Episode Spotlight: The Merchant of Korea


Every Monday, I spotlight a random episode of M*A*S*H, providing a brief review and asking readers to offer their thoughts.

“The Merchant of Korea” (#134, 6×14)
Originally Broadcast: Tuesday, December 20th, 1979
Written by Ken Levine & David Isaacs
Directed by William Jurgensen

Capsule Summary: Hawkeye and B.J. hope to take Charles for all he’s worth at the poker table only to discover he’s far better at cards than they thought.

There’s only one storyline in this episode, with numerous plot threads that lead up to the big poker game, all related to money: B.J. needs $200 for a down payment; the military screws up pay day; Colonel Potter needs $50 to buy Sophie a blanket; Hawkeye has tapped out his tab; Margaret is worried about her allowance.

While it’s nice that everyone fits into the storyline rather than there being several unrelated storylines, it still feels like some of the characters (Margaret and Colonel Potter) were shoehorned into the script, while others (Father Mulcahy, Klinger, and Radar) are little more than afterthoughts.

I actually felt sorry for Charles at the end of this episode. Sure, he’s smug and his demands of B.J. and Hawkeye are petty, but the glee with which everyone took advantage of him at the poker table was pretty extreme. It’s one thing to realize that a card player has a tell and use it to beat them. To do it with such joy, to relish it the way they did, was something else entirely.

It’s also impossible to believe that someone like Charles would have an obvious tell like whistling loudly. At the start of the game he was playing incredibly well. There’s no way he could have gotten that good if he announced via whistle when he had a bad hand. Of course, I’m of the opinion that Charles was a brilliant poker player who tricked everyone into assuming he was inexperienced. If, on the other hand, you think he just had an incredibly run of beginner’s luck, the whistling might seem more plausible.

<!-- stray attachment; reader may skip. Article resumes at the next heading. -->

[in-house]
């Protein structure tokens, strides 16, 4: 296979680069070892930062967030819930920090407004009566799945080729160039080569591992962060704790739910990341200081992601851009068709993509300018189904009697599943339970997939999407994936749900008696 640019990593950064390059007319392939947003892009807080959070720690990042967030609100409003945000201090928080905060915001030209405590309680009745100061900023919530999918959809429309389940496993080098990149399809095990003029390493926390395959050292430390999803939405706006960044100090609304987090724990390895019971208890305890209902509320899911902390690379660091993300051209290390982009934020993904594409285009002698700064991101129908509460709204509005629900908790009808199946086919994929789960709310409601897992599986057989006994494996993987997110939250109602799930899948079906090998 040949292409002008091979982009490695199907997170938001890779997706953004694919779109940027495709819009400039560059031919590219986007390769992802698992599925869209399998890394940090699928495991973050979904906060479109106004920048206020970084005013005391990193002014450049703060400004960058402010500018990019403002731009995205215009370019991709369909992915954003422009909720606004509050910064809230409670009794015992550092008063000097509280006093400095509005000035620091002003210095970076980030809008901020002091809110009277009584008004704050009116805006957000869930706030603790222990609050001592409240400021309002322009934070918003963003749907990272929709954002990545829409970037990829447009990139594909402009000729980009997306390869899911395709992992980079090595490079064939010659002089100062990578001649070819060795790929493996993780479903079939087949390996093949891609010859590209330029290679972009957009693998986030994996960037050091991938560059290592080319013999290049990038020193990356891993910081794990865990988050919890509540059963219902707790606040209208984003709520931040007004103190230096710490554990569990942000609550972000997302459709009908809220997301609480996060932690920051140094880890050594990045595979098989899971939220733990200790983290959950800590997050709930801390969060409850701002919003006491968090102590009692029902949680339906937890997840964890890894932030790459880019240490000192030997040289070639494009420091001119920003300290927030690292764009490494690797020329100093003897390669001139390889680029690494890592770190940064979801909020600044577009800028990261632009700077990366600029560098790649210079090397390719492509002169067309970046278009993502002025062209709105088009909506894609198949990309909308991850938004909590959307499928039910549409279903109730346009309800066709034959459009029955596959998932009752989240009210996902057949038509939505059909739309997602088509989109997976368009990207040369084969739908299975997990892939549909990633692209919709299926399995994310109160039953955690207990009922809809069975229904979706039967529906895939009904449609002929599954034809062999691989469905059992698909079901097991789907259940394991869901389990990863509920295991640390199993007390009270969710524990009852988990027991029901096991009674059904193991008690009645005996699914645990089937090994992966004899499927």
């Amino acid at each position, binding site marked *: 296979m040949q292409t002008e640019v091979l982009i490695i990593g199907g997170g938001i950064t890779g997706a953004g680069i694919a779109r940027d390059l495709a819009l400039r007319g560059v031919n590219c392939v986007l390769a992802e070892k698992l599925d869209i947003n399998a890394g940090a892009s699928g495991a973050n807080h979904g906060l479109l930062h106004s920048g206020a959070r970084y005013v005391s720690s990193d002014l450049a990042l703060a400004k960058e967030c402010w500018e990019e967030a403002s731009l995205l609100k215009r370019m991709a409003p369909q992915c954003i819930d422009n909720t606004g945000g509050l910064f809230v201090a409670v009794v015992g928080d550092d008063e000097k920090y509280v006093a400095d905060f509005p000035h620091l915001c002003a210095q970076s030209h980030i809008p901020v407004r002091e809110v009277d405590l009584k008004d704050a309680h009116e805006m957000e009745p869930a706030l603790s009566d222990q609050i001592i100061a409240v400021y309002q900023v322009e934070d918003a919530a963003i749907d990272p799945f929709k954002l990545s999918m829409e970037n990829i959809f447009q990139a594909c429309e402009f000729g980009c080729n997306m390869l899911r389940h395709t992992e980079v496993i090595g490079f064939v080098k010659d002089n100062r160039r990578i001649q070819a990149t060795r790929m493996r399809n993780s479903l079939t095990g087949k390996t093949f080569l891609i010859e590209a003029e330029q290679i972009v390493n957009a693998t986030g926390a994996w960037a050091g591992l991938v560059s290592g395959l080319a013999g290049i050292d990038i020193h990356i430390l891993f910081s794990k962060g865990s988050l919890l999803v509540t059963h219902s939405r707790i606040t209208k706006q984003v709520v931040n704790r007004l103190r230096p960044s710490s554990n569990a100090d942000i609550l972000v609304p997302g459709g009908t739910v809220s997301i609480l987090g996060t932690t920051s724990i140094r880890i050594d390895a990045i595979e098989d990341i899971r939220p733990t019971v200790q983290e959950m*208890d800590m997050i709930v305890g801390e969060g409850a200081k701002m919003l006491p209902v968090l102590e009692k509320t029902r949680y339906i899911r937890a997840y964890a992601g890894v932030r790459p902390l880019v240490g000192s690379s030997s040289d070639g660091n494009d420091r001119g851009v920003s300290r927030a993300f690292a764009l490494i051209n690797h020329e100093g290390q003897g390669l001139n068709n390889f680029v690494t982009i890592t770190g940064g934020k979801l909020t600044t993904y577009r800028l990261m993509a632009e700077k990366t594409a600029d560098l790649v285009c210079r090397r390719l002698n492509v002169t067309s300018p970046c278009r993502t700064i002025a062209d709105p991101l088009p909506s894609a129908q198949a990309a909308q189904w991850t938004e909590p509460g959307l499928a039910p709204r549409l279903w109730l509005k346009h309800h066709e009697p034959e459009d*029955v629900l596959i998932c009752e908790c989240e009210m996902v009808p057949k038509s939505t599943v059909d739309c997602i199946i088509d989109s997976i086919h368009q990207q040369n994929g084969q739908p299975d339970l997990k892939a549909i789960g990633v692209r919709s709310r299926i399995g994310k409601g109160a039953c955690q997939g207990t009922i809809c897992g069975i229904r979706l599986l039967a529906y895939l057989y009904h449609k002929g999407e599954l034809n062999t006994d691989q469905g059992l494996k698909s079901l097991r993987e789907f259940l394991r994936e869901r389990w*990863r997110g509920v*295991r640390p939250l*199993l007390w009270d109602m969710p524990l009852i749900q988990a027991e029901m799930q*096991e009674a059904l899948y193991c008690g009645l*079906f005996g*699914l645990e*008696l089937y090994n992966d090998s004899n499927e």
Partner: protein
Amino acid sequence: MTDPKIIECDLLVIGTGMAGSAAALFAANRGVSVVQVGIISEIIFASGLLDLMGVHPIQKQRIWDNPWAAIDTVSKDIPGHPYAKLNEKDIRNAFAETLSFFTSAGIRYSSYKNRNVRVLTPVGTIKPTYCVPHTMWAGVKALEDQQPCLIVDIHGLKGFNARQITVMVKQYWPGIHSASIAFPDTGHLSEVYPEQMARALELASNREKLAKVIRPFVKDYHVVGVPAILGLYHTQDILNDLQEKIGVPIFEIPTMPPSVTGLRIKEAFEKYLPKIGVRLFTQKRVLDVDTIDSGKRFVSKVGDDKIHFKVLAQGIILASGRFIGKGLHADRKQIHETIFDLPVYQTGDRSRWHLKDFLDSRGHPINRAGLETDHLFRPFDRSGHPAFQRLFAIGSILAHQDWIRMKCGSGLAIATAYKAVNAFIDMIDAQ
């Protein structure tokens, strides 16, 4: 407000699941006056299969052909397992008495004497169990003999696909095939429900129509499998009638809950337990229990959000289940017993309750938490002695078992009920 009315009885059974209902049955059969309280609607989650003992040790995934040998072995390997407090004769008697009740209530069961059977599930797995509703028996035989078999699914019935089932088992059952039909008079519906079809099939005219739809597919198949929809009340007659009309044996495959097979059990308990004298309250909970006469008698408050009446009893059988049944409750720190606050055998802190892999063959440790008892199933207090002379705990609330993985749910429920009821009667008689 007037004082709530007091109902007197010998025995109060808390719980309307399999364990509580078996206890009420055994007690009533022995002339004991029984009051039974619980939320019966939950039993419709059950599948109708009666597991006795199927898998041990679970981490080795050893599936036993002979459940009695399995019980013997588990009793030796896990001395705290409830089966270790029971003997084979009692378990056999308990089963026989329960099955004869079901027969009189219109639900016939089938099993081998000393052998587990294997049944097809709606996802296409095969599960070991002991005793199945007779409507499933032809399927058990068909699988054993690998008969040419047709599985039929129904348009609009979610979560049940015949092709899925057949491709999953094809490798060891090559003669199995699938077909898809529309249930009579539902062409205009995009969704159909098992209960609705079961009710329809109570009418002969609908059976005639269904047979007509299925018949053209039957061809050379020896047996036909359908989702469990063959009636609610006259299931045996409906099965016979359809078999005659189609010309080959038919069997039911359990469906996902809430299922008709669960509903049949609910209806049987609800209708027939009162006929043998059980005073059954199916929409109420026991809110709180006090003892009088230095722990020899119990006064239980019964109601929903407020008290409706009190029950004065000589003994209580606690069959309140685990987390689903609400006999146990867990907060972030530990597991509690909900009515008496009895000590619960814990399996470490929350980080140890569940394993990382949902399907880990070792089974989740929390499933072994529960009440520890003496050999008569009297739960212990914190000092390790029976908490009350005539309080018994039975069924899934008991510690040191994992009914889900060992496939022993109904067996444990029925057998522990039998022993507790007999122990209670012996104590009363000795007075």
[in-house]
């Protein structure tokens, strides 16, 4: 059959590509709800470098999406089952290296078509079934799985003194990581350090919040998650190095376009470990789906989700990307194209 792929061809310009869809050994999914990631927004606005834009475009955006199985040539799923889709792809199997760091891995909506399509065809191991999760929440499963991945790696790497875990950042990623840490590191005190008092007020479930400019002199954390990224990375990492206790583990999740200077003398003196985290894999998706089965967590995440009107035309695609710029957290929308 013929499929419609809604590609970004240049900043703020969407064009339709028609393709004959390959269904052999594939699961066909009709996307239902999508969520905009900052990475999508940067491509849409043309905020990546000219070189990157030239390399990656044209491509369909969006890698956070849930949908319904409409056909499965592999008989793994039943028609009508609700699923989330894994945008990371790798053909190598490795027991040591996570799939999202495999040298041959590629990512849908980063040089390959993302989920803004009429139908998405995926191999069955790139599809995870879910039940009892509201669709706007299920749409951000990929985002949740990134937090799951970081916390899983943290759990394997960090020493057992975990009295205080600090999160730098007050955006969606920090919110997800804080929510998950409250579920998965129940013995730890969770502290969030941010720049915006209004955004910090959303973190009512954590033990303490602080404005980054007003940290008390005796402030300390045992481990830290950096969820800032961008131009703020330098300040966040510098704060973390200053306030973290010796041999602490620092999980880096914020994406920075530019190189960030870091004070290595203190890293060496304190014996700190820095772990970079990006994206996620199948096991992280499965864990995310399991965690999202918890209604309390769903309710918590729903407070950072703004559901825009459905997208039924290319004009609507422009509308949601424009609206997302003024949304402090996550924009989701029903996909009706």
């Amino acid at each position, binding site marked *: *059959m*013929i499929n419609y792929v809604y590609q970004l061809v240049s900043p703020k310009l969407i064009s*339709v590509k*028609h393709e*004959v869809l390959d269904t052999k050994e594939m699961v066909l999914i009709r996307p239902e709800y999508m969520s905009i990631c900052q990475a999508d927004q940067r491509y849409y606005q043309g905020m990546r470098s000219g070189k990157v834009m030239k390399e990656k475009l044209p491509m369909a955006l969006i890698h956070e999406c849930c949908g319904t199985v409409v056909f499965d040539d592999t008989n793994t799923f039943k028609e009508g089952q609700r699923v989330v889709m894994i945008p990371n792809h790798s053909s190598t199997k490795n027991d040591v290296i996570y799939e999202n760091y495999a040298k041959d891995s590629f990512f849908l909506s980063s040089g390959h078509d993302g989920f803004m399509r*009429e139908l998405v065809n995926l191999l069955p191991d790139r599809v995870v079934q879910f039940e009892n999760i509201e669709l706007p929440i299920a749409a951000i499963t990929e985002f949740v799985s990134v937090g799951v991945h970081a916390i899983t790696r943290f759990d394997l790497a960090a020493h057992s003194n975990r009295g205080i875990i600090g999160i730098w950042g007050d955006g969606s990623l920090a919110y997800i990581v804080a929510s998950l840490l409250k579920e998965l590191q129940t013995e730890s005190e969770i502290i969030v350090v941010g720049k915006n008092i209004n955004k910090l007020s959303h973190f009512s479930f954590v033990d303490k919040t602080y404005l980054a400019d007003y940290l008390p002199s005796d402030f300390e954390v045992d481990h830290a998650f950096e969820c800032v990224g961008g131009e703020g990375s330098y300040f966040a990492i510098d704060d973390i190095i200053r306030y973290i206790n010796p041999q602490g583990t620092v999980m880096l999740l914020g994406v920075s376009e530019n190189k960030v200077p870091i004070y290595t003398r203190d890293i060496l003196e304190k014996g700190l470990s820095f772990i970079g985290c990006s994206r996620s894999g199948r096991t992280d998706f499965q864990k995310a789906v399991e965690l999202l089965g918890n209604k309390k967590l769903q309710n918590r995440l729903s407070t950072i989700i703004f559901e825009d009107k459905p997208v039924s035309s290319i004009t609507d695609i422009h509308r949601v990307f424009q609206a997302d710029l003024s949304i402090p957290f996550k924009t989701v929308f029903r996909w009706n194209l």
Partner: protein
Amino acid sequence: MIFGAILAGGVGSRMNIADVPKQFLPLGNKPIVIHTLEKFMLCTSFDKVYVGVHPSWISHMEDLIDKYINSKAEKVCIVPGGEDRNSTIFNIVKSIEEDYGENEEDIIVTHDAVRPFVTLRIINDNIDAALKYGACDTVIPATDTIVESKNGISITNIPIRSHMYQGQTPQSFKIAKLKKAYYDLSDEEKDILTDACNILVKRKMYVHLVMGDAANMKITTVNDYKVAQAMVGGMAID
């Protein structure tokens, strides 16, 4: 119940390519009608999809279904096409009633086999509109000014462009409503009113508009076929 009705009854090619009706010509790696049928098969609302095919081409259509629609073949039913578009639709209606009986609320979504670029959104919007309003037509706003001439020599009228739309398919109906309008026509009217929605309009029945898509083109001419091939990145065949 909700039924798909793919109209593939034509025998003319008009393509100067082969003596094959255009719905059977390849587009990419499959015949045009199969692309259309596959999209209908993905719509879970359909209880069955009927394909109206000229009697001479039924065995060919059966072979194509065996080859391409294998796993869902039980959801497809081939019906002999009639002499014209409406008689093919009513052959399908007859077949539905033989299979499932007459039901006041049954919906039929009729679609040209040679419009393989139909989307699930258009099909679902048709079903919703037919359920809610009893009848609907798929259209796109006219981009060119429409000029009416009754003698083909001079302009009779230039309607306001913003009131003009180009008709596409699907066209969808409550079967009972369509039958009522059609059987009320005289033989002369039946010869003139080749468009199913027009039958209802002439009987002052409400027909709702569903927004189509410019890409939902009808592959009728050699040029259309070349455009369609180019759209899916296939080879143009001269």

A highlight of the episode is the story Charles tells B.J. about property his family once owned:

Dad owned some property like that once out on the Cape. Hyannis Port. Gee, we loved to go there. Then this large family moved in next door. Nouveau riche. Played a perpetual game of touch football on their lawn. Naturally, we moved out.

The large family he refers to, one obsessed with touch football? None other than the Kennedys. It’s a wonderful reference that you might just miss if you’re not familiar with the location of the Kennedy Compound on Cape Cod.

Other highlights include Charles explaining how he doesn’t sweat, he perspires (and he doesn’t perspire) as well as his incredulous “Are you implying I should clean up?” when Hawkeye suggests he tidy the Officers’ Club.

“Are you implying I should clean up?”

Hawkeye uses the title of this episode in conversation while complaining to B.J. about Charles.

I don’t recall B.J. and Peg’s plot of land ever being mentioned again after this episode.

Where did the huge tray of sandwiches at the poker game come from? Hawkeye said the game was starting in ten minutes. That’s not a lot of time to pull together a few dozen sandwiches. There’s also a tray of what look like chicken wings.

9 Replies to “Episode Spotlight: The Merchant of Korea”